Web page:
ANSI ISEA 105 2016 Cut Levels

ANSI/ISEA 105-2016 CUT LEVELS

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The Why

Hand injuries are not only more common, but require a longer average recovery time than all other injury types combined.

AVERAGE INJURY RATE

2016- PER 10,000 FULL-TIME WORKERS

Average Injury Rate Graph
Average Days Away Graph

The When

ASTM Cut Standards Graph

In 1997 the first cut resistant standard, ASTM F1790, is introduced for hand protection. It used a CPPT machine. The standard is revised in 2005, using a TDM-100 machine approved to use in addition to CPPT machine. The standard is revised again in 2014, due to consistency issues between test results. In 2016, the newest standard, ASTM F2992-15, is adopted by ANSI/ISEA that only uses the TDM-100 machine


The How

The TDM-100 Cut Test

  1. Material from the product to be tested is fitted to the base of the TDM-100 testing machine (blue in illustration).
  2. A straight edged blade is lowered onto the material and moved 20 mm across the surface.
  3. This test is done five times at three different weight loads with a new blade & material for each test.
  4. The weight required to cut through the material in one 20 mm test determines the cut level at which the product is rated. The average of a minimum of 3 samples is used to report the classification level.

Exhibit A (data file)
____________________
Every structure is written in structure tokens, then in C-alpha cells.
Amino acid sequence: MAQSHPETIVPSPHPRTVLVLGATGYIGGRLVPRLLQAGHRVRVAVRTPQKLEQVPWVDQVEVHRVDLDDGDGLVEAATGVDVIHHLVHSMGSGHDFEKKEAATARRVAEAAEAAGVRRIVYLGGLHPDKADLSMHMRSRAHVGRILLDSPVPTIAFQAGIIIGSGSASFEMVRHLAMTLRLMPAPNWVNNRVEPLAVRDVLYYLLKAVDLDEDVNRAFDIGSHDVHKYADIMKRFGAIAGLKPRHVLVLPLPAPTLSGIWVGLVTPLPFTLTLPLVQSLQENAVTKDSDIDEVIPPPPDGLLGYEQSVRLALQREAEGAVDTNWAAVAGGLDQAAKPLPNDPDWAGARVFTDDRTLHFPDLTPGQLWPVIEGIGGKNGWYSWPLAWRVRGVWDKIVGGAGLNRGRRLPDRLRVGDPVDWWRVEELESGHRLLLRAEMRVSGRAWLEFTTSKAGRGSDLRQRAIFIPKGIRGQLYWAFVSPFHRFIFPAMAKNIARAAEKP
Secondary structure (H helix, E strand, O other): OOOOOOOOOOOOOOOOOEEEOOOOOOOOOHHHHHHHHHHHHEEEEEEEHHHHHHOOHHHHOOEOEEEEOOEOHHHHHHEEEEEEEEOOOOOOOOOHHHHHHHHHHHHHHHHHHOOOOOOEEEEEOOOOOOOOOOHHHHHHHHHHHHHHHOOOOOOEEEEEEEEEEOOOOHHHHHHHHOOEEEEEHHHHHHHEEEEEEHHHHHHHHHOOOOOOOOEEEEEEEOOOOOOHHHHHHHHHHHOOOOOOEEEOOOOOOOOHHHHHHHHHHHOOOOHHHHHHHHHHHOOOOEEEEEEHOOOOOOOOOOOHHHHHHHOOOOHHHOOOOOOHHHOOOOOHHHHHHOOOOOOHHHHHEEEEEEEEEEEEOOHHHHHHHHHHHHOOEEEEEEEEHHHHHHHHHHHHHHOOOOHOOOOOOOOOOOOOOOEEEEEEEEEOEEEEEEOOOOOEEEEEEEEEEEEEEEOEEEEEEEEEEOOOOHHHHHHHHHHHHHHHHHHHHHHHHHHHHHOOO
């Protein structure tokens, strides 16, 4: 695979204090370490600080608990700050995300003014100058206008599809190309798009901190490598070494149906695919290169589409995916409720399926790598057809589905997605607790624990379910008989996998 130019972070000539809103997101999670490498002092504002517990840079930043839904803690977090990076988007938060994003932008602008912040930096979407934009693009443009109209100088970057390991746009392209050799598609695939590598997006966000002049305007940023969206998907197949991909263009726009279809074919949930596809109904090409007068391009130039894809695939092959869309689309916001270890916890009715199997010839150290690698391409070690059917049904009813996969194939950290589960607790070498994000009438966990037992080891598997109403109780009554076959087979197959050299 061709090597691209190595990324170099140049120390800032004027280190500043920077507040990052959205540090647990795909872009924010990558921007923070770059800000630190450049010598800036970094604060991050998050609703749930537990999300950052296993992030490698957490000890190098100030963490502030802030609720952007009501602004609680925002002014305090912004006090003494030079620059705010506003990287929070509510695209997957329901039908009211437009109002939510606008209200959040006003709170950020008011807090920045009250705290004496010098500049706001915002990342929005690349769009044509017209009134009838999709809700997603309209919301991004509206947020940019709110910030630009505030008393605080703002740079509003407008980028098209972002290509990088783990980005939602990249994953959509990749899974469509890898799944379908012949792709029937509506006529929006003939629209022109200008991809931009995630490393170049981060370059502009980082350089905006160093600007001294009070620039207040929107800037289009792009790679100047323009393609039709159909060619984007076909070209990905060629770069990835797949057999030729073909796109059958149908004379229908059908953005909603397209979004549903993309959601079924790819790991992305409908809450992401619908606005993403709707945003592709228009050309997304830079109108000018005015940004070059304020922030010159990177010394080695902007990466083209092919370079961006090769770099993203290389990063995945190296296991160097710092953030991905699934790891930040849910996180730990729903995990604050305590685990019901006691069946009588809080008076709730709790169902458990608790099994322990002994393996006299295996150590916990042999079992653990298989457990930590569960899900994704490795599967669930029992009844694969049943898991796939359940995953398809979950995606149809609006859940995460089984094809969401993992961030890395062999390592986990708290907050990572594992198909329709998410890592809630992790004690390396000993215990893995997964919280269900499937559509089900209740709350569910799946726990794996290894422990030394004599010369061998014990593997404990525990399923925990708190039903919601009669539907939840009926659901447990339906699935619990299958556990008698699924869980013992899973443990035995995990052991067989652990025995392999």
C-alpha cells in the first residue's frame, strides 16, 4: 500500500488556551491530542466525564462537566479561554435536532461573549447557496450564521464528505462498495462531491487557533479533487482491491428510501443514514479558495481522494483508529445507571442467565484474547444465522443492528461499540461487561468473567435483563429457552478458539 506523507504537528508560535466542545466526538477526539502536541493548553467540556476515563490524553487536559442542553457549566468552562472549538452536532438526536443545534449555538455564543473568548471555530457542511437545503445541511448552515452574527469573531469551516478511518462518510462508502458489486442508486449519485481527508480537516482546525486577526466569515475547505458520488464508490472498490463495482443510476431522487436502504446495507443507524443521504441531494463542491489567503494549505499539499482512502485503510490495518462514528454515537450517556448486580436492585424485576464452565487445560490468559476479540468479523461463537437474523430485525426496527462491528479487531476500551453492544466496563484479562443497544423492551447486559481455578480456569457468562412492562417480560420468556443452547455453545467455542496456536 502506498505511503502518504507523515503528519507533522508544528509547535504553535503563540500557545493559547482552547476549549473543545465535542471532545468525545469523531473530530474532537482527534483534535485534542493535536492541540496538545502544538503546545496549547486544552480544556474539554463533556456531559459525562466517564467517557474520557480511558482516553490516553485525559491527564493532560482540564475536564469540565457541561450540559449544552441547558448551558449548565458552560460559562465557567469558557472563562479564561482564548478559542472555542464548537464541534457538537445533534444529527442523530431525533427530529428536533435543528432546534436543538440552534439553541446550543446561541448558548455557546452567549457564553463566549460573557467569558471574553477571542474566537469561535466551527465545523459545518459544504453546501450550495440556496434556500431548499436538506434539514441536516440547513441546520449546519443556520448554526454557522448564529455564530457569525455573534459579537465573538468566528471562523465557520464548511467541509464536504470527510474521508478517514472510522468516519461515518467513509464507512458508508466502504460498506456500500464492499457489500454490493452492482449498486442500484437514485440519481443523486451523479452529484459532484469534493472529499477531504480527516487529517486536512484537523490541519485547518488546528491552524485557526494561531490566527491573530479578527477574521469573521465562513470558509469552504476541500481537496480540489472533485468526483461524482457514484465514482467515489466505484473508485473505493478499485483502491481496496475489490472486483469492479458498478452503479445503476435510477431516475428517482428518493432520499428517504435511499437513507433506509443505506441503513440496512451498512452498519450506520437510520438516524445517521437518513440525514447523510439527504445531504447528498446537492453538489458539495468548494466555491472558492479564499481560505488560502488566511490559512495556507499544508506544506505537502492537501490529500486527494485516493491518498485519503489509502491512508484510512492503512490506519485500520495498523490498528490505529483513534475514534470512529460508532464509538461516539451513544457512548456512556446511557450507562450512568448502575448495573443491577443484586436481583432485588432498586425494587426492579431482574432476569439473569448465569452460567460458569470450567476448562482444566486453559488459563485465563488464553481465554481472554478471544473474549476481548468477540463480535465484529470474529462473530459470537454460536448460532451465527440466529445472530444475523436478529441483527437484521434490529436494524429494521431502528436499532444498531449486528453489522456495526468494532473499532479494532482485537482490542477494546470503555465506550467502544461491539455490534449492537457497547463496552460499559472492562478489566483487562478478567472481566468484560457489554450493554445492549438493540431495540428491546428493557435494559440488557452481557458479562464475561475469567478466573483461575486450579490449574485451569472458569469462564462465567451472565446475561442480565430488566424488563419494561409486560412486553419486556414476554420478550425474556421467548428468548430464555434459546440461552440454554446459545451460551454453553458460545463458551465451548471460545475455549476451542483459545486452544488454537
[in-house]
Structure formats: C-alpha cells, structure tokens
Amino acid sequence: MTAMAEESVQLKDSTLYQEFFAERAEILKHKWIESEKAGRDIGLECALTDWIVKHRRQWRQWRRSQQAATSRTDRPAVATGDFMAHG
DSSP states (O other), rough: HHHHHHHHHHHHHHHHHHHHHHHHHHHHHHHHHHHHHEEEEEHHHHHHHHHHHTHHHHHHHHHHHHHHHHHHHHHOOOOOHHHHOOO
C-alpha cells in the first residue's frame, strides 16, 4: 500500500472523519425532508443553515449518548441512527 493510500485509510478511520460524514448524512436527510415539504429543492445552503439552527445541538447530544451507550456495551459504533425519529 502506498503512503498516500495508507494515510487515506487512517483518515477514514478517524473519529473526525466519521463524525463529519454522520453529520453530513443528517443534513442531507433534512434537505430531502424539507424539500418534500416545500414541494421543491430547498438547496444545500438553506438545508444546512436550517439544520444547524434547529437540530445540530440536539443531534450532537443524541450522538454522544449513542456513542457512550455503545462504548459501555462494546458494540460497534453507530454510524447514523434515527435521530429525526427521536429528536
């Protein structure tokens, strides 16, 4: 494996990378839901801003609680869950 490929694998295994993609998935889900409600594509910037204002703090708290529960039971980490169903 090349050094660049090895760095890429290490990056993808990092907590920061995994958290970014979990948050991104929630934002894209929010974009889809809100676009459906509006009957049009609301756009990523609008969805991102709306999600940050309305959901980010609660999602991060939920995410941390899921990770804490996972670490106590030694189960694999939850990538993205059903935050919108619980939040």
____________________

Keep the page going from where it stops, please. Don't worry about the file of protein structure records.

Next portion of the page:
TDM-100 Test Graphic

The What

Effective March 2016, the American National Standards Institute (ANSI) and International Safety Equipment Association (ISEA) adopted a revised testing standard for rating hand protection against cut risks.

ASTM F1790-14 Standard

  1. 5 Levels of cut protection
  2. TDM-100 or CPPT machine may be used for testing
  3. CPPT-rotating blade, TDM-100 - straight blade

ASTM F2992-15 Standard

  1. 9 Levels of cut protection
  2. TDM-100 is the only machine acceptable for tsting
  3. Blade must be changed after each test
  4. 5 times at each of 3 weight loads ensure accurate results

The updated test method regulations standardized the process, ensuring predictability and consistency across the hand protection industry. The current standard may help to alleviate concerns of under-performing PPE across the industry.

Current ANSI Cut Levels

Current ANSI Cut Levels
ANSI Cut Level HAZARDS
A1 Assembly, Warehouse, Material Handling
A2 Automotive, Packaging, Metal Handling
A3 Construction, Automotive Assembly
A4 Glass Handling, HVAC, Machining, Metal Fabrication
A5 Appliance Manufacturing, Glass Handling, HVAC
A6 Metal Stamping and Fabrication, Electrical, Construction
A7 Aerospace, Window Manufacturing, Recycling
A8 Very high cut risks, Aerospace, Recycling
A9 Highest cut risks